Where we need help with our survey

We launched out data evolution survey on 6 June 2016 and many of you have already helped us by completing it.

Thanks to a volunteer Data Scientist working with our partner DataKind UK we’ve been able to do some analysis of where people who completed our survey are based.

We’ve looked at our target for completions and broken it down by English region and Wales based on the share of population.

Then we’ve looked at how many responses we’ve received from each of those areas and plotted that on a map.

From this you can see that we are furthest away from our target in the South East and the North West.

If you are based in those areas or know someone in those areas.

Please help us by

Searching for social enterprises

Black and white image of a man looking directly at the camera through binoculars juxtaposed with modern infographicsWe launched our data evolution survey on 6 June.

Thank you to everyone who has taken part so far.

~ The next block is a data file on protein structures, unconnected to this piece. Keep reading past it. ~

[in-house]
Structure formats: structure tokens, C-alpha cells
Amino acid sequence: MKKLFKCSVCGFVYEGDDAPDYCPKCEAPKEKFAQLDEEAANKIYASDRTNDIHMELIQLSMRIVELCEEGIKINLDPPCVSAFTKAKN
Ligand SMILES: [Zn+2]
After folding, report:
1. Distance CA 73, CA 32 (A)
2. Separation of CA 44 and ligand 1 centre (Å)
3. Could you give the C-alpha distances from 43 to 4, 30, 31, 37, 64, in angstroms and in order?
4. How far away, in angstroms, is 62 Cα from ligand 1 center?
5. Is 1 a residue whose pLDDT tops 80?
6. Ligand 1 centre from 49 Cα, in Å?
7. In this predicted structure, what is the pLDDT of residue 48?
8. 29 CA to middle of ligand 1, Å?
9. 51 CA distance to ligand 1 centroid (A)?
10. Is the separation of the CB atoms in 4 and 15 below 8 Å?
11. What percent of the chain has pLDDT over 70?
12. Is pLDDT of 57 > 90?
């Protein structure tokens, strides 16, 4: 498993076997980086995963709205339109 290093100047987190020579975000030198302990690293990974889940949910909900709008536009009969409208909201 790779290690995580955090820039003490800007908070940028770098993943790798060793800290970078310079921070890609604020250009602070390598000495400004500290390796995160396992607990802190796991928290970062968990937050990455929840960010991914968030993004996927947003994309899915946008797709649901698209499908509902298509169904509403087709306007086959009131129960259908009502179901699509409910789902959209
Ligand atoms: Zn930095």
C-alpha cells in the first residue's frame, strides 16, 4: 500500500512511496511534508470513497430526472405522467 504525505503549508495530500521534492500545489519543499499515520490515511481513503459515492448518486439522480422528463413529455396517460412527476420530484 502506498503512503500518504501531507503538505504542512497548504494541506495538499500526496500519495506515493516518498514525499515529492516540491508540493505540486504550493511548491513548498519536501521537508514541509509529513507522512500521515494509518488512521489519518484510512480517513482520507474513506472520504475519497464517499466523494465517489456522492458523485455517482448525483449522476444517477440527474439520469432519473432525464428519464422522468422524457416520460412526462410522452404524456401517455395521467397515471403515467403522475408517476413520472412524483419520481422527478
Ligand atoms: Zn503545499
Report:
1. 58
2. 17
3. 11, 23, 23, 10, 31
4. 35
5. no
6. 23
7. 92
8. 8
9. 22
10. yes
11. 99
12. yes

As you might expect, we’ve been keeping a close eye on the data coming out of the survey so far.

And so far it looks like we are missing out on social enterprises compared to charities.

The survey is really short, it will make a big difference to the sector in the future, if you take part, you could win £100 for your organisation.

So if you’re involved in a social enterprise, in any role, please do

Announcing a new event: 6 July Cardiff

NASA phone croppedWe’ve been so pleased with the positive reaction to our project. It seems that many charities and social enterprises are thinking about how they can use data to improve their services.

Please help us by taking part in our survey.

Our colleagues from in GeekSpeak Cardiff have asked us to take part in a special event on 6 July which will focus on data in the voluntary sector. It won’t just be Data Evolution, there will be a talk from ODI-Cardiff and a session on data visualisation.

And it is free.

We really hope you can come.

It’s 6pm-8pm KIN + ILK, Capital Quarter, Tyndall Street, Cardiff CF10 4BZ.

Get your free tickets for GeekSpeak Cardiff now.

The data evolution survey has launched

Black and white picture of a tall ship juxtaposed with modern infographics

Now we really need your help.

Please take part in our phase one survey (5 minutes – tops).

Please tell your colleagues.

The survey will help us in our mission to develop a framework for understanding how social sector organisations use data to make decisions and how they can get better at it.